You can take a horse to water.............
 

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"To claim there is more going on than just killing the infection, and keeping it at bay, flies in the face of every international hoof care expert on the entire planet earth." - @Hondo

I doubt any of us has met "every international hoof care expert on the entire planet earth". And the older I get, the less I believe any statement 'backed by everyone in the world'. Life just isn't so dogmatic.

I have a darn good farrier who has seen thousands of hooves. He isn't some bozo who just whacks at hooves. So I'll continue to discuss options with him. He has tried glues and was not impressed. Special shoes and wasn't impressed. I think he is at the same point I am: A horse with marginal hooves living on very challenging ground is just going to have challenges. He says Mia, Lilly, Cowboy and Bandit all have (or had) exceptional feet. Not because I'm a super horse owner or because he's a great farrier, but because they have good genetics.

It is kind of like the doctor who told me the key to long life was picking your parents wisely....

Enough said. If I need to discuss Trooper's feet further, I'll do so on my own journal. But yes, if we start riding him again, he'll need boots or shoes or SOMETHING. While Bandit, OTOH, was barefoot on today's ride and showed no need for help. Depends on the horse and the riding.
 

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I let Shan's hooves go too long last winter and she developed toe cracks in both front hooves. I can believe that microbes/thrush/whatever played a part in that, due to the awful muddy conditions at the stable, sink your whole foot in sort of mud. Anyway, I never treated them with anything but just kept up a monthly trim, and they are fully gone. I was actually just reviewing the pictures from the last trim and I think those hooves look very good (pictures which I mean to send to you via PM @gottatrot , so you can critique me :)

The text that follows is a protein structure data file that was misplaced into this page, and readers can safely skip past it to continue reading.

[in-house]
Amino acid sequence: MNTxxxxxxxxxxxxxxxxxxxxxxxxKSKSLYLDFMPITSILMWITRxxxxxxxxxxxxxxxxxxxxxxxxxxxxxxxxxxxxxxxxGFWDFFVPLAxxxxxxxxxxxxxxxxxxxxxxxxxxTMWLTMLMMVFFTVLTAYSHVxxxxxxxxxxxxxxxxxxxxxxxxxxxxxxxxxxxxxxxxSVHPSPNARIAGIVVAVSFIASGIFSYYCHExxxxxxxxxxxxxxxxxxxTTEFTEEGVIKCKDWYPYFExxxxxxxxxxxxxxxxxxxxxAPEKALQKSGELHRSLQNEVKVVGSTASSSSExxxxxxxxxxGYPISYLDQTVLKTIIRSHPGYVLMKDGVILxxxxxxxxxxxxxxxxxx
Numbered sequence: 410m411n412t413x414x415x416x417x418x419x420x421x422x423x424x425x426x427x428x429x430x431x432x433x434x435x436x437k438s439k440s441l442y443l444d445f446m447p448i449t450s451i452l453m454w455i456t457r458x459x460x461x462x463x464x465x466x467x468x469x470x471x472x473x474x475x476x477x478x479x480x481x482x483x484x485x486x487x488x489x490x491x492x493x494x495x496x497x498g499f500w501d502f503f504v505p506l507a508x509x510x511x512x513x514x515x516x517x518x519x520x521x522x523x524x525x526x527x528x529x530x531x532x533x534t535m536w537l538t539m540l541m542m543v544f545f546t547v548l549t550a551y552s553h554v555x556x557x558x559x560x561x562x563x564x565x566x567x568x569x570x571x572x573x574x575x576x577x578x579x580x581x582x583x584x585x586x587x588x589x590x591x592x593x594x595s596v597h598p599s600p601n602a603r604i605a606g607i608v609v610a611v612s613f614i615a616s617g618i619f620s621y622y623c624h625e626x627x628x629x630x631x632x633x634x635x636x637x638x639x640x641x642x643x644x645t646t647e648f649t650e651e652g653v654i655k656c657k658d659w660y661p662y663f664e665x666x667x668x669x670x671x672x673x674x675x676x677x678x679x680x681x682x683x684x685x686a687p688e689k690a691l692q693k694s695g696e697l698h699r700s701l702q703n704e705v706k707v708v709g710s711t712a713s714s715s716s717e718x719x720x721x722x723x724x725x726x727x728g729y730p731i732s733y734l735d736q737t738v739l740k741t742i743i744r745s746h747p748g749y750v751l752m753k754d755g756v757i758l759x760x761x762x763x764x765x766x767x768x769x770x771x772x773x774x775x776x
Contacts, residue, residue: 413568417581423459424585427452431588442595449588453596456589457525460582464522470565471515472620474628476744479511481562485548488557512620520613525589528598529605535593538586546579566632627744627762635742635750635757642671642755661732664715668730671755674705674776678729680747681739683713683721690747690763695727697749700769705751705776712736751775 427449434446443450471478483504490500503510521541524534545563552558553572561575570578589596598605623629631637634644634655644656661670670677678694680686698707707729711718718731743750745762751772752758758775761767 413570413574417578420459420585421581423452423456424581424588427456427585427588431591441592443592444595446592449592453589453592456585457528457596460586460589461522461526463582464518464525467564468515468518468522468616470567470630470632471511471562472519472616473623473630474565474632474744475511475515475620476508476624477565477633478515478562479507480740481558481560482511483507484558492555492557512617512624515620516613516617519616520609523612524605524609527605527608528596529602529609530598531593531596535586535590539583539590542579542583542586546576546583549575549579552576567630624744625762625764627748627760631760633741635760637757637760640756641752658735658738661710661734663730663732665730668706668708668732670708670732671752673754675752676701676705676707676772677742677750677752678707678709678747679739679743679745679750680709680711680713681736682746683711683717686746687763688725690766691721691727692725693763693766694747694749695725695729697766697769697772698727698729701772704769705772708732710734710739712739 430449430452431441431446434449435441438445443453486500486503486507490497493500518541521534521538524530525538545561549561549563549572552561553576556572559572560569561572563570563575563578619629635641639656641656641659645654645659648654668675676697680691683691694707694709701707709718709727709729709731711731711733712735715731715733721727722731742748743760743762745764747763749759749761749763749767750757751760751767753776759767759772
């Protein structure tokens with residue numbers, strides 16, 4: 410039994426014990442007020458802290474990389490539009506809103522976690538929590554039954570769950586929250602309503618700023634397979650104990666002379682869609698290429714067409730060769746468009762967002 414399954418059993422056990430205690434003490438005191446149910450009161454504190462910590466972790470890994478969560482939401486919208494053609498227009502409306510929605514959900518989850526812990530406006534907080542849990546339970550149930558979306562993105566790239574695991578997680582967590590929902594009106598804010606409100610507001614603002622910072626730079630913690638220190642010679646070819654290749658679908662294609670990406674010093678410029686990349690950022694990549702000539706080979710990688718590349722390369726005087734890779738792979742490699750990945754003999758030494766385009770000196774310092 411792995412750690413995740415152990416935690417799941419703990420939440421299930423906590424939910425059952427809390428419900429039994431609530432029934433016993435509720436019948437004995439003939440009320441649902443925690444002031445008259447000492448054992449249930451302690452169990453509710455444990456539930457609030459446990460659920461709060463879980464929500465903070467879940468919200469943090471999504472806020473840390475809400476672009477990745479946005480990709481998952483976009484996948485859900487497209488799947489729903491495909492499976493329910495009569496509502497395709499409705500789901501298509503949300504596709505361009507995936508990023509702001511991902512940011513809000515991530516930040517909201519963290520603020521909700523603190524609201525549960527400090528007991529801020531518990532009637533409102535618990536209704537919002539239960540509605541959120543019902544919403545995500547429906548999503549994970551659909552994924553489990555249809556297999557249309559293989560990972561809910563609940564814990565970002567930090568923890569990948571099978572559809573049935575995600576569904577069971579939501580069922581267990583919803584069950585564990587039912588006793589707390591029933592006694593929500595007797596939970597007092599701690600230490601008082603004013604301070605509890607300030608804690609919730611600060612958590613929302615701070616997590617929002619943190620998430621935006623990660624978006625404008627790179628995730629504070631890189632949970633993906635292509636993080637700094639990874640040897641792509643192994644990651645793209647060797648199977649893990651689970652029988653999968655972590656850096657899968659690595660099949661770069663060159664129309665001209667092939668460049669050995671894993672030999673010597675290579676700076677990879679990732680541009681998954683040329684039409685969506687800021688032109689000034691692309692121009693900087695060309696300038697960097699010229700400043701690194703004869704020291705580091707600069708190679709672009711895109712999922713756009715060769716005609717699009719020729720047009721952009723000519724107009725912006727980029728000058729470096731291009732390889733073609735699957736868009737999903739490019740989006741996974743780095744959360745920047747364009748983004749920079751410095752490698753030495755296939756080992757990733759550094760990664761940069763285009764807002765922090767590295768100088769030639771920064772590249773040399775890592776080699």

Every horse I knew (Shan's tough mustang hooves included) would chip and crack on the rocky Arizona trails. Almost all of them were shoed, some used boots. Shan would always chip without something on her fronts. (Edit to add: So hearing of horses that need nothing on rocky trails is amazing to me, and perhaps more of an anomaly in the horse population than something achievable by every horse) I can certainly see how rocky conditions can cause chronic and seemingly unsolvable issues for a horse with genetically weak hooves. On the other hand, treating (as often as feasibly possible, as circumstances allow) the hoof(ves) doesn't seem to me like it would hurt.


But I don't mean to carry on a conversation that's drawing to a close. :)
 

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"...some problems are rooted in our options for keeping our horses. So we compromise and struggle." -bsms

That is actually a huge, philosophical part of keeping horses. Hearing about horses kept on hard, rocky ground with less great hooves makes me think about how many different compromises people have to make when keeping horses.

This comment has nothing to do with any comments in particular. It's just to say I've been learning lately that my own perspective of horses is sort of a "culture" based on my own experiences. I am trying to understand that everyone has their own culture like this.

So what may be rather easy and one dimensional-ish to one person might be a complex, multi-faceted problem for someone else.

I'm thinking of how in my climate horse diets require some science, and others think it is ridiculous to make it complicated. Some people have headaches that an aspirin takes away, others have to keep track of and avoid multiple triggers to prevent debilitating migraines.

Some horses shape up after a harsh reprimand, others take months of work to reshape a behaviour.